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Give colleges stake in debt.

Byline: The Register-Guard

Correction (published June 13, 2015): A June 12 editorial overstated the student loan default rates at the University of Oregon and Oregon State University. According to the U.S. Department of Education, the 2011 default rates at the universities are 5.8 percent and 5 percent, respectively.

Economists call it moral hazard: One party participates in an activity that produces benefit because another party bears the risk. Moral hazard has helped student debt balloon to $1.3 trillion - colleges and universities end up with the money, while students bear the burden of repayment and the federal government carries the risk of default. If colleges bore at least a small part of the risk, it's likely that many students' debt would become more manageable and the default rate would go down.

Douglas Webber, an assistant professor of economics at Temple University, proposed that colleges share the risk of student loan defaults in a June 8 essay in the Chronicle of Higher Education. He said that if institutions of higher education were responsible for 10 percent or 20 percent of the cost of defaults, they'd work harder to ensure there were fewer of them. Any such efforts would be good for students and for student loan programs, which must charge higher interest rates to cover defaults.

Currently, few colleges or universities face any real penalty for defaults. Schools whose students' default rate exceeds 30 percent for a three-year period, or 40 percent in a single year, can be declared ineligible to participate in federal loan and grant programs, but few exceed those thresholds - 21 colleges last year, 20 of them private for-profit colleges. Most institutions never approach the cutoff level. The University of Oregon's default rate for students who began loan repayments in 2011, for example, was 14.3 percent, and for Oregon State University it was 14.7 percent.

Student loan default rates are declining as the economy recovers. They should decline still further as a result of new income-based repayment programs and improved loan-servicing regulations instituted by the Obama administration this year. But default continues to damage the credit ratings and job prospects of hundreds of thousands of former students, and adds to the cost of student loan programs. And because student loan debt has grown to exceed all other non-mortgage debt - including credit card debt and vehicle loans - the effects of any reduction in defaults would be widely felt.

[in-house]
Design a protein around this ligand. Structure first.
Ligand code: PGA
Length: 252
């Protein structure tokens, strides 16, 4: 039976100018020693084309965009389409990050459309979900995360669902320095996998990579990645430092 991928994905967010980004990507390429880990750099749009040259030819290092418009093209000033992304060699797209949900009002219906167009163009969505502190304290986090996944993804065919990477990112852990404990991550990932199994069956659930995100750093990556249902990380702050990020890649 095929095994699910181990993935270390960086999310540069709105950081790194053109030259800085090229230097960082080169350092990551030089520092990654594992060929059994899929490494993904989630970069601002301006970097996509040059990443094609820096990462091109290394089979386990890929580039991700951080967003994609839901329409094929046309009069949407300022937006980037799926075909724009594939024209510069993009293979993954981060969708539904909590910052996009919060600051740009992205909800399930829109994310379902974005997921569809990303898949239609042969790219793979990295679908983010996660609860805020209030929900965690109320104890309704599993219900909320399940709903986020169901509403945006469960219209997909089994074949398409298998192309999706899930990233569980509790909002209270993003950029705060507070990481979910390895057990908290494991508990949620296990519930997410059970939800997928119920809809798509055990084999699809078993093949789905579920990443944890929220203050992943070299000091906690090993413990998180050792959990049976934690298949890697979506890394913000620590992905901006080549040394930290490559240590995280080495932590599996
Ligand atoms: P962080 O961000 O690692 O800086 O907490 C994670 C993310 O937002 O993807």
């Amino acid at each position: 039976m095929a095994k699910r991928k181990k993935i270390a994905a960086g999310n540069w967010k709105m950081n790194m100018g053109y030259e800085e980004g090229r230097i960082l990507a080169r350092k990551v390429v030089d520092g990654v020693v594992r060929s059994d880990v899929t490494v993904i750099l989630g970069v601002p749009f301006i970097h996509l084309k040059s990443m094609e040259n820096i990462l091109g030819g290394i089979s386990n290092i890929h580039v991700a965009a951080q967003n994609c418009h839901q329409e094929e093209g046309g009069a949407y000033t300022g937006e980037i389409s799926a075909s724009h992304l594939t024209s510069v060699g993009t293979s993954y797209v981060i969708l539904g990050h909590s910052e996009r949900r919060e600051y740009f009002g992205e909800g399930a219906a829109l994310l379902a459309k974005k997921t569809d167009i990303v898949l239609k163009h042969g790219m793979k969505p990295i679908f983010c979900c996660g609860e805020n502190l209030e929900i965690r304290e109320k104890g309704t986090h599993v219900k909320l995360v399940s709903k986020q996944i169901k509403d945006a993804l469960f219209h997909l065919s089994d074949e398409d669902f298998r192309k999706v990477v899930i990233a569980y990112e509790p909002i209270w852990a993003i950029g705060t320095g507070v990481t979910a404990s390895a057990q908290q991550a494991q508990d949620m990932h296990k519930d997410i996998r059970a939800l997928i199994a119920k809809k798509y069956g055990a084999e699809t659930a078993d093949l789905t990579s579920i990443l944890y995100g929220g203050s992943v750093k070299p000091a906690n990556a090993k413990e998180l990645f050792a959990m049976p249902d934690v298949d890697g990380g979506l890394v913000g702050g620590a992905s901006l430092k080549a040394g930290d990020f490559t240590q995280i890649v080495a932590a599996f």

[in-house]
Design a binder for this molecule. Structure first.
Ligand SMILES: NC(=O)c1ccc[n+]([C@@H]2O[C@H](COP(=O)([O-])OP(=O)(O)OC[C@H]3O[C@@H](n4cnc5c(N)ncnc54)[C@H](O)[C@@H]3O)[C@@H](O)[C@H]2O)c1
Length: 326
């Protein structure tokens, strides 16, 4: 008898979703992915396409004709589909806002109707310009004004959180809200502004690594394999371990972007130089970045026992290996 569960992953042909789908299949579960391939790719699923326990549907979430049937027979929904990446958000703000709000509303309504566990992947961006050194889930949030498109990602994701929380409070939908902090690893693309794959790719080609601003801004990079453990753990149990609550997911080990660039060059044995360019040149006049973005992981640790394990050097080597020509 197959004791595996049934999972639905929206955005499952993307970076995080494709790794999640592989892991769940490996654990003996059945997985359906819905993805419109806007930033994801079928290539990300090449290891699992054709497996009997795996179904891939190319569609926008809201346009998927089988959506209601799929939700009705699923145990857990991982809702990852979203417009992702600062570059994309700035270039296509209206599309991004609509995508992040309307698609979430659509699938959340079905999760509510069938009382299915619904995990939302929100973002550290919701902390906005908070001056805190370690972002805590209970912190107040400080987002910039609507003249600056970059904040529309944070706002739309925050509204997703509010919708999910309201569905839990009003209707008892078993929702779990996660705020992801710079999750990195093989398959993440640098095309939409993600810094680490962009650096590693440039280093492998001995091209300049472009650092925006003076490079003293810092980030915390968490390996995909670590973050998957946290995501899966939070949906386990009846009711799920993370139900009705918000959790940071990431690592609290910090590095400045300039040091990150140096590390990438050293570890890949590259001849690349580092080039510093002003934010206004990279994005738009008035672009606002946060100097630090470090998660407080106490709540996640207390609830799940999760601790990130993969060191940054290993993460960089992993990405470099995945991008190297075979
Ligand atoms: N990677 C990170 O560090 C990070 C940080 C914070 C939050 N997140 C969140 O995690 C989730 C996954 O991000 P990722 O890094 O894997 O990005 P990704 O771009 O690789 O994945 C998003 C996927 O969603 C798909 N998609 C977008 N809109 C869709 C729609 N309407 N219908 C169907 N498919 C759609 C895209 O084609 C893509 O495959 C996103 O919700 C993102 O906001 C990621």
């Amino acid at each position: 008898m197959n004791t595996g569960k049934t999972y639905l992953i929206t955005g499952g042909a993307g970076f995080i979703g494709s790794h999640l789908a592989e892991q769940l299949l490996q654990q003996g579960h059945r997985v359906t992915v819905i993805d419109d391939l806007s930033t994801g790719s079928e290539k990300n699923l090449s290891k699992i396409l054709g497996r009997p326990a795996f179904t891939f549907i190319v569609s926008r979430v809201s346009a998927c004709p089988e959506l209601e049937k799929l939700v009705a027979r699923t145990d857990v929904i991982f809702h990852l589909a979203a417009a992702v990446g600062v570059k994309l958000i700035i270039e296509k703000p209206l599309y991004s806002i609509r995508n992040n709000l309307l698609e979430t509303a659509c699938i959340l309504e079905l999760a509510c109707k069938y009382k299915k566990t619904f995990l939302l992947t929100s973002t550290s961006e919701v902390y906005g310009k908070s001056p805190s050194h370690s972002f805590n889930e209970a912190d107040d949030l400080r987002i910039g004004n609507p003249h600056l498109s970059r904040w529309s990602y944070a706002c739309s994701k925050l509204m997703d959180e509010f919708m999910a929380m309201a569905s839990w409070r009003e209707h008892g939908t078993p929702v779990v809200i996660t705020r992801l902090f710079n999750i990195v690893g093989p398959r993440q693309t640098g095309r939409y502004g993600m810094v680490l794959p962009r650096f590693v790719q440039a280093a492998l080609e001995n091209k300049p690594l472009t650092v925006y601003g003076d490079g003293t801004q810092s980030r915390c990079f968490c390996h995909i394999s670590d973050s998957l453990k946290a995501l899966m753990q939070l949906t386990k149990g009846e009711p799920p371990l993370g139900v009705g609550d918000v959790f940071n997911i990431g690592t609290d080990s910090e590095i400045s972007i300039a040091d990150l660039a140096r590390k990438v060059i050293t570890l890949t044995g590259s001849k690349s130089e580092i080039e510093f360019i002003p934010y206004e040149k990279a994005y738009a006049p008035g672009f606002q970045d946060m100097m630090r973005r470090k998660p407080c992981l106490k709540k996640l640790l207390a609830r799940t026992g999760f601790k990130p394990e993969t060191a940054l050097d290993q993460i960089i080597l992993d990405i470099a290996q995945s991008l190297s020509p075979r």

The problem of moral hazard is most pronounced among for-profit colleges, which enroll 12 percent of students but account for 44 percent of student loan defaults. The worst of them encourage students to borrow heavily, and then give their graduates credentials that seldom lead to jobs with salaries that will allow them to repay their loans. These schools, in effect, sell a defective product on credit, and neither the customer nor the lender has any recourse. If colleges were responsible for a portion of the cost of defaults, they would have an incentive to ensure that their degrees are worth something.

Students at public institutions could also gain from risk-sharing. Default rates are lowest among students who graduate, so schools would gain a strong motivation to strengthen their student retention programs. Colleges might also do a better job of counseling students about the use of credit and providing realistic information about postgraduate career options.

One concern is that if colleges shared the costs of bad loans, they might engage in a form of educational red-lining by denying admission to low-income or minority students with higher-than-average chances of default. Webber suggests countering this possibility by using part of the money from colleges' default penalties to pay bonuses for each low-income and minority student who graduates. A properly balanced set of penalties and bonuses would reward schools that succeed in educating under-privileged students, and the students themselves would benefit from an effort to reduce dropout rates.

A second concern is that colleges, in an effort to avoid loan default costs, might steer students away from courses of study that lead to low-paying careers - which include a number of socially, and ultimately economically, productive fields. But students who choose such fields deserve a realistic appraisal of their job prospects. If a college can't show that a debt-funded investment in a particular course of study will pay off, students should know from the start that their rewards after graduation are likely to be nonfinancial.

Student debt has exploded because the cost of college has climbed steeply, doubling between 2005 and 2012. That's why 60 percent of students at four-year colleges are forced to borrow, and it's why the average borrower's debt upon graduation is $29,000. Students take on that load because they believe in the promise of education. Their alma maters, having taken all that borrowed money, ought to have at least a small incentive to see that the promise is kept.
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Title Annotation:Editorial
Publication:The Register-Guard (Eugene, OR)
Date:Jun 12, 2015
Words:812
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